Death toll in Samarra firefight disputed

Iraqis claim 8 were killed

U.S. says 54 guerrillas died


SAMARRA, Iraq - U.S. commanders vowed yesterday that the killing of as many as 54 insurgents in this central Iraqi town would serve as a lesson to those fighting the United States, but Iraqis disputed the death toll and said anger against the United States would only rise.

Accounts of a three-hour battle fought in the alleys and streets of Samarra on Sunday diverged radically, with Iraqis claiming only eight people had been killed, several of them civilians.

At the morgue, Adnan Sahib Dafar, 52, an ambulance driver, pointed to a dead woman on a steel tray. The woman, he said, had walked into the cross fire between U.S. forces and Iraqi guerrillas that began with an attempted ambush of a U.S. military convoy.

"Is this woman shooting a rocket-propelled grenade?" he demanded. "Is she fighting?" There was only one other body, that of a gray-bearded old man, in the morgue.

It appeared from the anger among Iraqis in Samarra that the United States faces a fundamental dilemma: As it increases the pressure on the insurgents who are killing Americans and Iraqis in growing numbers, the very Iraqis it is trying to win over may be alienated.

"If I had a gun, I would have attacked the Americans myself," said Satar Nasiaf, 47, a shopkeeper who said he watched two Iraqi civilians fall to U.S. fire. "The Americans were shooting in every direction."

While U.S. commanders said the Iraqi body count came from precise reports filed immediately after a close-range battle, hospital officials said yesterday that they could account for, at most, eight dead, with most of those probably civilians.

The commanders said they were not surprised by the dearth of corpses. They do not routinely collect the enemy's dead from the battlefield, the Americans said, and the guerrillas they were fighting were unlikely to bring their dead to the city's morgues.

The Pentagon typically does not publicize the number of enemy dead or wounded to avoid comparisons to the frequent enemy body counts in the Vietnam War that ultimately proved to be a poor indicator of U.S. military performance.

But after weeks of suffering casualties from an enemy that detonates roadside bombs from afar and launches mortar strikes under cover of darkness, U.S. military officials seemed to relish the opportunity yesterday to claim credit for dealing the fighters a punishing blow.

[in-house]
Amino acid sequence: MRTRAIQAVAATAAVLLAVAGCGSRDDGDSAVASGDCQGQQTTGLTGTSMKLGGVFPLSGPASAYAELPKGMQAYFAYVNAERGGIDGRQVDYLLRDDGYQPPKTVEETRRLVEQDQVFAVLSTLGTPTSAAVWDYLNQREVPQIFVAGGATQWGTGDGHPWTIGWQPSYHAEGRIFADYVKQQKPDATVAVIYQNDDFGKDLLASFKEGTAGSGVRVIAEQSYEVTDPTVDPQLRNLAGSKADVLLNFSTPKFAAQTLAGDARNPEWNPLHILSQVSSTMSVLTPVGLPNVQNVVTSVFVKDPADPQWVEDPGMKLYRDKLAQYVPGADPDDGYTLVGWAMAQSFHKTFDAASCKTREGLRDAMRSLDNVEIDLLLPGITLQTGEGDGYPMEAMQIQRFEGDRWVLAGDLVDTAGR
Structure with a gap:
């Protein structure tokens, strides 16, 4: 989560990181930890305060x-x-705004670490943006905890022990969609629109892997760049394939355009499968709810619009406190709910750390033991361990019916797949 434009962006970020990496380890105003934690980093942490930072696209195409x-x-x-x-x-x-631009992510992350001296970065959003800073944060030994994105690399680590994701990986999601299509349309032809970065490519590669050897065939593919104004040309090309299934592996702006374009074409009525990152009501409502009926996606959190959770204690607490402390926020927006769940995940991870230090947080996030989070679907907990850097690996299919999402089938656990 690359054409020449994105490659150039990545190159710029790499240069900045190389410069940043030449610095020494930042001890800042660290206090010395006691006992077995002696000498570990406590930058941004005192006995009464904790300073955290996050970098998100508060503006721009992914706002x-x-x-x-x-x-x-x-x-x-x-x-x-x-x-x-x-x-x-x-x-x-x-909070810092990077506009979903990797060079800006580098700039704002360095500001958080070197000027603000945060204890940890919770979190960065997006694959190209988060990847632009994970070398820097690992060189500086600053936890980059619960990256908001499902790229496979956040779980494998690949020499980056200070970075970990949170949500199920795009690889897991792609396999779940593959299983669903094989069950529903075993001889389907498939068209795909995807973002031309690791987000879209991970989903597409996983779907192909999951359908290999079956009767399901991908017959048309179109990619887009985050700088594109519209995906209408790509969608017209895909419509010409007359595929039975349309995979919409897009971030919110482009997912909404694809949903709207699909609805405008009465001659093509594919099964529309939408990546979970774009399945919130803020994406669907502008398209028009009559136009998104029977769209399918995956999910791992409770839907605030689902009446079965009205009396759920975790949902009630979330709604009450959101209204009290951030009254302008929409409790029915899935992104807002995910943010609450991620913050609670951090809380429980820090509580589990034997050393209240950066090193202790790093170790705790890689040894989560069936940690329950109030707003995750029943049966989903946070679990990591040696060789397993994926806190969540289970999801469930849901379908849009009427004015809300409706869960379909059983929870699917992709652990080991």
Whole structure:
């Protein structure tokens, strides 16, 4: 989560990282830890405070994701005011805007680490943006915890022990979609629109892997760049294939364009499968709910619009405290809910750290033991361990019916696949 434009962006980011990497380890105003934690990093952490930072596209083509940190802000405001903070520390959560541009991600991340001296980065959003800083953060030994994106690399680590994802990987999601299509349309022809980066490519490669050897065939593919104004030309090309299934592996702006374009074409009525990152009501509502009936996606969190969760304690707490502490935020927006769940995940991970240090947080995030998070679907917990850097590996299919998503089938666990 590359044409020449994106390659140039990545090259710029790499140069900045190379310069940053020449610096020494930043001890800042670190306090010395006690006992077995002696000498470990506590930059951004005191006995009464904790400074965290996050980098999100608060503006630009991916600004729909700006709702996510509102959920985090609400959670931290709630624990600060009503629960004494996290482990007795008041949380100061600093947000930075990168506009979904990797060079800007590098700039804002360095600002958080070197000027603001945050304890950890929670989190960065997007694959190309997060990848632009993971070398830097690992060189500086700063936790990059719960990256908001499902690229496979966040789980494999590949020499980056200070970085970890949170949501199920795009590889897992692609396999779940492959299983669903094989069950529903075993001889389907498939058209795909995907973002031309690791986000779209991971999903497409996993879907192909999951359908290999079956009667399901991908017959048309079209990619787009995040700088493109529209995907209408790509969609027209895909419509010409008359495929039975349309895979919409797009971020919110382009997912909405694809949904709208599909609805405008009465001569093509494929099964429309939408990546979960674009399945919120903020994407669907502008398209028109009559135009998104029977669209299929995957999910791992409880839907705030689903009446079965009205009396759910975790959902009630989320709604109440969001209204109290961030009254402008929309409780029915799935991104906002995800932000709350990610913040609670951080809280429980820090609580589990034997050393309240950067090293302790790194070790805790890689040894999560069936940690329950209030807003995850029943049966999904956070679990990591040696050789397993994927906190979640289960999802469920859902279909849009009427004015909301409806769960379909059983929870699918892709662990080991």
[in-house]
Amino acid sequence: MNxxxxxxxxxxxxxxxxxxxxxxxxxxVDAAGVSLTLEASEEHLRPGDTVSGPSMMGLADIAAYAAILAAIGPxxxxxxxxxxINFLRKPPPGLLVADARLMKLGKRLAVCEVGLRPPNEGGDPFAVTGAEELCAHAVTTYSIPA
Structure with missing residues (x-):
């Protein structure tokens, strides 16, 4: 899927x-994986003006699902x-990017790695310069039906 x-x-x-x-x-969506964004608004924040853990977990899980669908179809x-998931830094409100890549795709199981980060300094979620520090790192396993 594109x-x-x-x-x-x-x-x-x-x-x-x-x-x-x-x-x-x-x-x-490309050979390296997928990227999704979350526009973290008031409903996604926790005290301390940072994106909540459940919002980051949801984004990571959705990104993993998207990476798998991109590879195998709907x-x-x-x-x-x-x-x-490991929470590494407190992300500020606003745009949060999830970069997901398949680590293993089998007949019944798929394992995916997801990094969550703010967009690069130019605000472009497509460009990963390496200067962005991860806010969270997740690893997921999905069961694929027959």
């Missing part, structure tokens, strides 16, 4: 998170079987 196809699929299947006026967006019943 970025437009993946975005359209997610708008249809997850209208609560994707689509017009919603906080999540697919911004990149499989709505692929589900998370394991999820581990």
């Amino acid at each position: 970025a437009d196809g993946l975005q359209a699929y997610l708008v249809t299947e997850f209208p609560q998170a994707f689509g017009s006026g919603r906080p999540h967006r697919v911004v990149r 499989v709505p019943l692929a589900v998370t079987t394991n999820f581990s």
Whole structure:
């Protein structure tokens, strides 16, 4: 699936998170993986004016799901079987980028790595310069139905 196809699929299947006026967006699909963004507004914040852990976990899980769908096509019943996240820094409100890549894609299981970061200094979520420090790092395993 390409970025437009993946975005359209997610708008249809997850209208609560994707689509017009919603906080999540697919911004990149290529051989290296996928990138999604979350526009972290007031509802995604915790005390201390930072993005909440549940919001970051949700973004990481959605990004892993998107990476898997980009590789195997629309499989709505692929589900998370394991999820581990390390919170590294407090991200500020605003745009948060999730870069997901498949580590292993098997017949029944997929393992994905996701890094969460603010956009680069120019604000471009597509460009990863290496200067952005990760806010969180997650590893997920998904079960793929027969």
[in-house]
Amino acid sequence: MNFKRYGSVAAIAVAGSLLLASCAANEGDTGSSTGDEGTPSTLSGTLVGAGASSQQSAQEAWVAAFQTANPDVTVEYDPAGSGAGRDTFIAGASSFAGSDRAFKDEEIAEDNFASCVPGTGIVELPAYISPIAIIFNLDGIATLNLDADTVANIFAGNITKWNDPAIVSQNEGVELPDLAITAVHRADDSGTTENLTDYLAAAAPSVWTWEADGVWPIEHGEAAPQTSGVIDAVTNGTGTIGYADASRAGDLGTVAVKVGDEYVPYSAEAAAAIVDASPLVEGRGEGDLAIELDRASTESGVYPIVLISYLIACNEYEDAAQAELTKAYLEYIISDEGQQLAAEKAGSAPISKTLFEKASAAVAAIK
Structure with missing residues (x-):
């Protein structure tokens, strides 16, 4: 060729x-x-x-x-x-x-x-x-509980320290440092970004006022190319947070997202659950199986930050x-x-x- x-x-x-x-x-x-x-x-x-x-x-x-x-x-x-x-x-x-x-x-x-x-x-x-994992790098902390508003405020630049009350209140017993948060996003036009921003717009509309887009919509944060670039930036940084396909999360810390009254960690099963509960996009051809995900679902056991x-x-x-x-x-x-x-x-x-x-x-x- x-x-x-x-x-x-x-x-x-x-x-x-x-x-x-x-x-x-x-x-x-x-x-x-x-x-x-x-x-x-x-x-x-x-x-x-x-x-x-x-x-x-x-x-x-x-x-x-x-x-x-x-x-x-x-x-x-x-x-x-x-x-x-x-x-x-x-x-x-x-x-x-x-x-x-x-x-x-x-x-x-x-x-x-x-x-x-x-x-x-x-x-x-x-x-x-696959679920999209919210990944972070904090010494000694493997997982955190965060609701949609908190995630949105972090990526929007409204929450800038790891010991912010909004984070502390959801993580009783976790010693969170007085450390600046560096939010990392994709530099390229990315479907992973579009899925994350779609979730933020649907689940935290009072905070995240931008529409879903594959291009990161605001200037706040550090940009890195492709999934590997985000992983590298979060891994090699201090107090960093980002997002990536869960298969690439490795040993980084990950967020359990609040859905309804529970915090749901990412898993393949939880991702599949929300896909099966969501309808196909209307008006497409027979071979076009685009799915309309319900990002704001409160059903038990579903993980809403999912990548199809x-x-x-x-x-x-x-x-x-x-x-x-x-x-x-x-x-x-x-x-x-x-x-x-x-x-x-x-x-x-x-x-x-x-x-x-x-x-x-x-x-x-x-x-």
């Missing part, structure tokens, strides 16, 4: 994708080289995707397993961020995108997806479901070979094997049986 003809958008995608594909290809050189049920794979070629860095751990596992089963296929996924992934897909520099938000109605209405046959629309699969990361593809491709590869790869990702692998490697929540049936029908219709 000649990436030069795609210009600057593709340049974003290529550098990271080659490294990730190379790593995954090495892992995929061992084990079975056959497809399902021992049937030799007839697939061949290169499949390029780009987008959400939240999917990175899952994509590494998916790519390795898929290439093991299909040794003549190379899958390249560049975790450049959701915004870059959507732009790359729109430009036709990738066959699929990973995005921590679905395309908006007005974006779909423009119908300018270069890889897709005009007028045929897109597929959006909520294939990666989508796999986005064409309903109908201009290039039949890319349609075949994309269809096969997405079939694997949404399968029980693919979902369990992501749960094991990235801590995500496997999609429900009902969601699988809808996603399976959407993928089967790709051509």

"They got whacked, and won't try that again," said one senior military official in Washington. The Pentagon insisted the body count was accurate.

The fight began when two U.S. convoys that carry cash to two banks here rumbled into this hard-line Baathist city Sunday with tanks, Bradley fighting vehicles and armored Humvees. Such convoys had been attacked before, and the Americans were ready.

As if on cue, the guerrillas attacked, but according to U.S. commanders, the Iraqis suffered a devastating defeat. The battle ended, they said, with as many as 54 insurgents dead and only five Americans wounded. The battle was the largest since May 1, when President Bush declared major combat over, and the guerrilla war began.

"We didn't have the immediate intelligence that we knew it would happen, but we had to be prepared for it," said Col. Fred Rudesheim, who oversees the city. "And our soldiers responded as they have been trained to, with the immediate action that they know to take."

Saying he had not seen any reports of civilian dead, Rudesheim contended that battles such as this one would more probably win the support of ordinary Iraqis.

"Attacks, in our view, are attacks against freedom-loving Iraqis that want to move on with life, versus those that are trying to drag them back to something akin to the former regime," he said. "What we hear is that the people of Samarra are fed up."

But many different emotions were on display here yesterday. Outside the hospital, a small crowd of Iraqis gathered around a bus they said had been destroyed in the fighting and began chanting an old refrain: "Our souls and our blood, we sacrifice to you, Saddam."

The guerrilla war claimed another American life yesterday, in another of Saddam Hussein's strongholds, Habbaniya. A U.S. soldier was killed when his convoy came under attack. He was the 187th U.S. soldier to die in Iraq since May 1.

Killed in Iraq

The latest identifications of American military personnel killed in Iraq as reported by the Department of Defense:

Army Staff Sgt. Stephen A. Bertolino, 40, Orange, Calif., was killed Saturday when his convoy came under attack in Haditha, Iraq; assigned to 3rd Armored Cavalry Regiment, Fort Carson, Colo.

Spc. Aaron J. Sissel, 22, Tipton, Iowa, was killed Saturday when his convoy came under attack in Haditha, Iraq; assigned to the Army National Guard, Centerville, Iowa.

Associated Press

Baltimore Sun Articles
Please note the green-lined linked article text has been applied commercially without any involvement from our newsroom editors, reporters or any other editorial staff.